“RIVALS THE HEAVYWEIGHTS” – VINTAGE GUITAR MAGAZINE
“Though his music shares a genre populated by last name folk-rock icons such as Dylan and Petty, Lamb’s music vibrates with a level of originality and personal authenticity that rivals the heavyweights.”
“AN EASY TOP TEN!” – ABSOLUTE POWERPOP
“Damned if he didn’t come up with another roots-pop gem. There’s plenty to like here. Lamb’s gift for melody and angelic voice combine for great rootsy-pop. An easy top ten!”
“THIS ALBUM WILL NOT LET YOU DOWN” – MICHAEL MORGAN
“I highly recommend this album for those obsessed with Tom Petty, Bob Dylan, the Jayhawks, Wilco and Neil Young. This album will not let you down.”
He’s being compared to some of the giants of his genre, like Bob Dylan and Neil Young. But singer/songwriter Shane Lamb also brings his own indelible, introspective rawness to the table and willingly takes the listener down his surprisingly sunny road, yet pointing out his weaknesses and scars along the way with unashamed honesty.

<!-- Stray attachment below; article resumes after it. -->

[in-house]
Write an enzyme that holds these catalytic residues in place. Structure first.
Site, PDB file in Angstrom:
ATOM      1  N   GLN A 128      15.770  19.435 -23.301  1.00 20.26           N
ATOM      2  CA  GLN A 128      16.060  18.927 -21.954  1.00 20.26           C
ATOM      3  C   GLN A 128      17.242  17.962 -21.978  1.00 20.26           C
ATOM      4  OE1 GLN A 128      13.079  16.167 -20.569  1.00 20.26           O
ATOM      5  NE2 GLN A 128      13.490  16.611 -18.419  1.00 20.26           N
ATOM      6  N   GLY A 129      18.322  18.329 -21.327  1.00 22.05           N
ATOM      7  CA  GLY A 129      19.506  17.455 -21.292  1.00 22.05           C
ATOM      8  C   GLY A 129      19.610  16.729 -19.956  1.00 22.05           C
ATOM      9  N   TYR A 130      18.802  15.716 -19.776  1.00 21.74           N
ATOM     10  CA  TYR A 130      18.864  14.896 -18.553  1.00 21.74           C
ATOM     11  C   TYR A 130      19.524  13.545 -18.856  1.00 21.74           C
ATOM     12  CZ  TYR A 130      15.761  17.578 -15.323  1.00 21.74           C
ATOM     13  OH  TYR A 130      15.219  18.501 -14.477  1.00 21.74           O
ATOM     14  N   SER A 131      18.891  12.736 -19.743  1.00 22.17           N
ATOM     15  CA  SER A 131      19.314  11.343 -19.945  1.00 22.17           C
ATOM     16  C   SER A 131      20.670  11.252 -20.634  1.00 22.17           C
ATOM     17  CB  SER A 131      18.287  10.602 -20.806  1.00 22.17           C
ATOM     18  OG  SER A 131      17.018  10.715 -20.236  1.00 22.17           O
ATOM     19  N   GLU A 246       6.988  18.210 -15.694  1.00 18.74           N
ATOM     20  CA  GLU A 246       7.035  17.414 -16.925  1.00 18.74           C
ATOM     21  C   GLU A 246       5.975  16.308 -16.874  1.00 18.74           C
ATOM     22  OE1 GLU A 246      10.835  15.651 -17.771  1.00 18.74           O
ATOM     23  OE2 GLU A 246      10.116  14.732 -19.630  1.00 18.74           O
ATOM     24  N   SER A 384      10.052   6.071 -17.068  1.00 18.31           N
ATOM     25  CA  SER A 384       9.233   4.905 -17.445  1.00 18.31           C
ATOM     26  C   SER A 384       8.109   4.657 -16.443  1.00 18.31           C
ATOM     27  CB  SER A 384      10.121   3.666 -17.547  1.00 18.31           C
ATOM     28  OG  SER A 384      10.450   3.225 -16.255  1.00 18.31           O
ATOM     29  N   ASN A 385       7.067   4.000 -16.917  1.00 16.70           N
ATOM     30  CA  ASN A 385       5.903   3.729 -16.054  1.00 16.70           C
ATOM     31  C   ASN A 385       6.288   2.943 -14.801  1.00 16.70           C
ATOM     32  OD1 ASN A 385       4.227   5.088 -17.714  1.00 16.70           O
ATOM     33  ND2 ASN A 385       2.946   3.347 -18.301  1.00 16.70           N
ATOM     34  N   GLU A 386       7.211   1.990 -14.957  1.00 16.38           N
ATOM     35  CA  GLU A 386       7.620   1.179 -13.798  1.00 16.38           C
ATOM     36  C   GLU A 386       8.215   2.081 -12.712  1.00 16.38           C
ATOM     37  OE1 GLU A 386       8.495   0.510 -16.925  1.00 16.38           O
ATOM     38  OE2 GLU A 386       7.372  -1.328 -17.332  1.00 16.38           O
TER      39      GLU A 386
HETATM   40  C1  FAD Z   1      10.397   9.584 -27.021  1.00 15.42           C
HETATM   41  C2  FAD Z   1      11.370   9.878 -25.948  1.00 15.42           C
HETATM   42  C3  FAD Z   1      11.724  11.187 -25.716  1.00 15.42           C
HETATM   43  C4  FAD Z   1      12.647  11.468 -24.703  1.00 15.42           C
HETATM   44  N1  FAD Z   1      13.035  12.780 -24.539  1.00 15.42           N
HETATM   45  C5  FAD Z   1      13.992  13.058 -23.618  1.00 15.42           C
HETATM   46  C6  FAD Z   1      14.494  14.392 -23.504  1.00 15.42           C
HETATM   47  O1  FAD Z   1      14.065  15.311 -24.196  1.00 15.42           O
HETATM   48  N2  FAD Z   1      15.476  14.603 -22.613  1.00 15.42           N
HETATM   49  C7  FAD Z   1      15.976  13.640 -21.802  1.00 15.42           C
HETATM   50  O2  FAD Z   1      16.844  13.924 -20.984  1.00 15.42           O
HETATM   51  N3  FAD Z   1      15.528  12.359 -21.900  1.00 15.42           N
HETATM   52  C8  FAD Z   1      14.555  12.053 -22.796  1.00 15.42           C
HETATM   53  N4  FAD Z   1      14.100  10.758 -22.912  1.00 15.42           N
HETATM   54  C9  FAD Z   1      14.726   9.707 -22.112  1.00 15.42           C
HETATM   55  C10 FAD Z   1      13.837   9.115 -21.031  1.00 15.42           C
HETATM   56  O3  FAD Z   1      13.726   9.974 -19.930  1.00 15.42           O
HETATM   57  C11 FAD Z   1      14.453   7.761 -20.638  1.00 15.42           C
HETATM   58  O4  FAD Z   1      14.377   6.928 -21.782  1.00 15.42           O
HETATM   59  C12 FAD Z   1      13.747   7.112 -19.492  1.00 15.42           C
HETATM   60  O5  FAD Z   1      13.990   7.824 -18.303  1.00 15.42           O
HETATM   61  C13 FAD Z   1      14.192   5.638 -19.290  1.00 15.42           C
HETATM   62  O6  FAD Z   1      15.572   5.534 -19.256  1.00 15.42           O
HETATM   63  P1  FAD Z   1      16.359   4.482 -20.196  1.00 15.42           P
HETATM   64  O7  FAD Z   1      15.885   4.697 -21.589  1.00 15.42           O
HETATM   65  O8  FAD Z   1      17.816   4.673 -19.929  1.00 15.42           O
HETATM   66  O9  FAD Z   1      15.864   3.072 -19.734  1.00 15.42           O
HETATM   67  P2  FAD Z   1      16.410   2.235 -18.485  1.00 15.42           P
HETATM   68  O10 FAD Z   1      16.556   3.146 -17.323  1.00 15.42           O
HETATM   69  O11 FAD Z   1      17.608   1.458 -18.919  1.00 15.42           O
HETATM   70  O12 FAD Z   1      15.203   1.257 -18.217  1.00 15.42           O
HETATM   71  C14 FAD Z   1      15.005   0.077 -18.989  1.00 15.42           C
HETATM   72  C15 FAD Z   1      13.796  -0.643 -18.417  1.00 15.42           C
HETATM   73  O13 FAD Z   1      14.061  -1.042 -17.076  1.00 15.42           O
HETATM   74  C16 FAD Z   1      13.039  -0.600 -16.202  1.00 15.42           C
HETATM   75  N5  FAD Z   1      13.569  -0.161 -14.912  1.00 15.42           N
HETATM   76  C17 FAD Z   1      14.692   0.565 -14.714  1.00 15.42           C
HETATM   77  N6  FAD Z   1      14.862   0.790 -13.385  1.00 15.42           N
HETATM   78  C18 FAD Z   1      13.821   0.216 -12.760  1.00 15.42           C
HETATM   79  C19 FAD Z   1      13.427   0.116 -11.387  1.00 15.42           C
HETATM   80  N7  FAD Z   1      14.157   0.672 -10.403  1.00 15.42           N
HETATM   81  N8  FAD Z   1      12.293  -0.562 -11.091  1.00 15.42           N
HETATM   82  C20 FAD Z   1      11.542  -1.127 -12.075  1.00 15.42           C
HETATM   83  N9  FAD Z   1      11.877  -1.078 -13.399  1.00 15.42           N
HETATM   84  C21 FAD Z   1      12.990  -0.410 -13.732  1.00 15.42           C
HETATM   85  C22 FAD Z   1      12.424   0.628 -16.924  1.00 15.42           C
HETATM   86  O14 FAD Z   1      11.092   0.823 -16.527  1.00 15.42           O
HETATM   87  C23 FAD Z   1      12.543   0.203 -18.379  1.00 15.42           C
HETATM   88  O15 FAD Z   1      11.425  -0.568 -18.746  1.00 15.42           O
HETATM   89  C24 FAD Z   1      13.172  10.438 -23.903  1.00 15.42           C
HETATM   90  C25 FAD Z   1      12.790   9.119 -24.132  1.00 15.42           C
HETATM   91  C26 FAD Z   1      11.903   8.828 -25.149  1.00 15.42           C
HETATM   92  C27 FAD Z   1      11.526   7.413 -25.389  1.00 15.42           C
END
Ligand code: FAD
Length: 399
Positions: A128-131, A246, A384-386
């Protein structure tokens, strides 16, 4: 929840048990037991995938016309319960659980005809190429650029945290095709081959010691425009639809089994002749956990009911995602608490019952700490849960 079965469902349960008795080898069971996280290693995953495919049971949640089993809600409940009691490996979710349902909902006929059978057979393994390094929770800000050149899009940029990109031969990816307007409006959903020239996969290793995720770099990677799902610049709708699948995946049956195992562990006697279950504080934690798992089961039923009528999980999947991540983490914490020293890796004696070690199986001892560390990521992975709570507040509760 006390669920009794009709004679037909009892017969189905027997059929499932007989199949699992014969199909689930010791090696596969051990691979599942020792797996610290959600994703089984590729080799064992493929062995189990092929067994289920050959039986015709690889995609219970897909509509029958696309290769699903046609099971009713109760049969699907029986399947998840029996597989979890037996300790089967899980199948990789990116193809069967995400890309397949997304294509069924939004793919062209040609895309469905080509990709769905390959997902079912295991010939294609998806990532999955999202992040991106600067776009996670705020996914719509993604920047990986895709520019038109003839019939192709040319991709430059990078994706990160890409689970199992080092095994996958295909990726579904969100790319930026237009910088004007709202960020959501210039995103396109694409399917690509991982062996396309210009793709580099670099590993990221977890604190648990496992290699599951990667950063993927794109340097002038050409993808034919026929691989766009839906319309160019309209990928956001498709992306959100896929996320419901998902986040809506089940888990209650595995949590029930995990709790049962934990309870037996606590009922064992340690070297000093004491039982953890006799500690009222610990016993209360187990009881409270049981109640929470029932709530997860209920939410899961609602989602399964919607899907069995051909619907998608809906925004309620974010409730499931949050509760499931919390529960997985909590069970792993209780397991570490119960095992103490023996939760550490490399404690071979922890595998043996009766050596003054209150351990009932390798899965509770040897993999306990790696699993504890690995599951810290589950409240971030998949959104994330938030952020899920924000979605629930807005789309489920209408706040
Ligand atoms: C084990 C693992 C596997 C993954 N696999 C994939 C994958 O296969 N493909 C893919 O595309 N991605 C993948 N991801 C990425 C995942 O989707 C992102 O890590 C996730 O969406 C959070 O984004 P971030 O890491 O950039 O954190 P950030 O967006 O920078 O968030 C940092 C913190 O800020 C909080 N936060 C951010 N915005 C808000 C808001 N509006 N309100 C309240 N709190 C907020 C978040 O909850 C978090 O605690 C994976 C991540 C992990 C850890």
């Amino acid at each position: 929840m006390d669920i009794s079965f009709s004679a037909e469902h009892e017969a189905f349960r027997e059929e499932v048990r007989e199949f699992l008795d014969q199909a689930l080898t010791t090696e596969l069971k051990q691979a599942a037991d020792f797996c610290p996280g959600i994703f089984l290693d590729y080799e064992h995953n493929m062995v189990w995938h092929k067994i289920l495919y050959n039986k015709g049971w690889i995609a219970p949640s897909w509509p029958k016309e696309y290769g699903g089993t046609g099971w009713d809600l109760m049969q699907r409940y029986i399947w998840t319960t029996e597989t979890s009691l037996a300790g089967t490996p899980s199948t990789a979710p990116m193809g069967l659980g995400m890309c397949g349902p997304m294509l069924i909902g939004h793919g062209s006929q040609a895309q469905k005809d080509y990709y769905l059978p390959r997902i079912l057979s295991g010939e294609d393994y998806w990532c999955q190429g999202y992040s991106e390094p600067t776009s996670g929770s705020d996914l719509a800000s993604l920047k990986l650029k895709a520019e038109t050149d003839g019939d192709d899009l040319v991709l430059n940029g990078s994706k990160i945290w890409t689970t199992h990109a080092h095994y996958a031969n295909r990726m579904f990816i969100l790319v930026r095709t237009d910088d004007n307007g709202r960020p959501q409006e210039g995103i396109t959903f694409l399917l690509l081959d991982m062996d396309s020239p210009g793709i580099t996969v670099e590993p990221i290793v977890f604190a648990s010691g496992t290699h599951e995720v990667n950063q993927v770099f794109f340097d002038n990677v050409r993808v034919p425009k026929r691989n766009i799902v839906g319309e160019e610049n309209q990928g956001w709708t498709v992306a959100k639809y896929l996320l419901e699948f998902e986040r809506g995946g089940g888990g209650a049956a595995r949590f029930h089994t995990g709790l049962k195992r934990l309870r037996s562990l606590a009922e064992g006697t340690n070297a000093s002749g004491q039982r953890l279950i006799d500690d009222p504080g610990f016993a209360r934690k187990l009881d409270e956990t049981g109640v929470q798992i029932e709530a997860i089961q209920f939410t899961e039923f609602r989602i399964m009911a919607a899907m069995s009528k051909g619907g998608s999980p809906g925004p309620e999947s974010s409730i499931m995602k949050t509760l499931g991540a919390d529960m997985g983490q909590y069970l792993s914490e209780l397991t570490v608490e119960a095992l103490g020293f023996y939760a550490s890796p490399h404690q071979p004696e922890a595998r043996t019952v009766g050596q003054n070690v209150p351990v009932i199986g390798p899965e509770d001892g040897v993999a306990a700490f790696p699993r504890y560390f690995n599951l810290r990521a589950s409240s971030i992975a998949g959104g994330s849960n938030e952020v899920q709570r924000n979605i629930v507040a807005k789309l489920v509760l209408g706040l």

Lamb’s performances are vulnerable, yet strong; his lyrics revealing but hinting at mystery, his stories tell just enough, then leaving us to fill in the blanks.
– Janet Goodman, Music News Nashville Sunday Morninn
It started for Shane in elementary school, with Shel Silverstein’s, ‘Where The Sidewalk Ends,’ and his neighbor, Mark. “Mark was out of high school and lived in his parent’s basement, which is also where he played drums and rehearsed with his rock-n-roll band. “He had attended school with my oldest sister, so he knew me and didn’t mind me hanging around while he and his band practiced,” says Shane. “I was much younger than all of them and was a really shy kid, I naturally stayed out of the way so I wouldn’t be noticed or told to leave. I really loved listening to Mark’s band.
To be able to go next door and see and hear these guys actually playing instruments and making music was something I had never seen before. Nobody in my family played an instrument, so this was really my first experience with it,” Shane says.
After listening to Mark’s band for a bit, Shane always made his way upstairs to the milk crates full of records, the stereo and the headphones. “They were like giant white earmuffs,” laughs Shane. “I spent whole weeks in the summer next door listening to Mark’s band, and his records. I remember them practicing for their gigs while the floor shook as they played through songs by their favorite bands; the Faces, the Stones, and others. I never realized how important that time and experience was for me until just recently,” says Shane. Continue Reading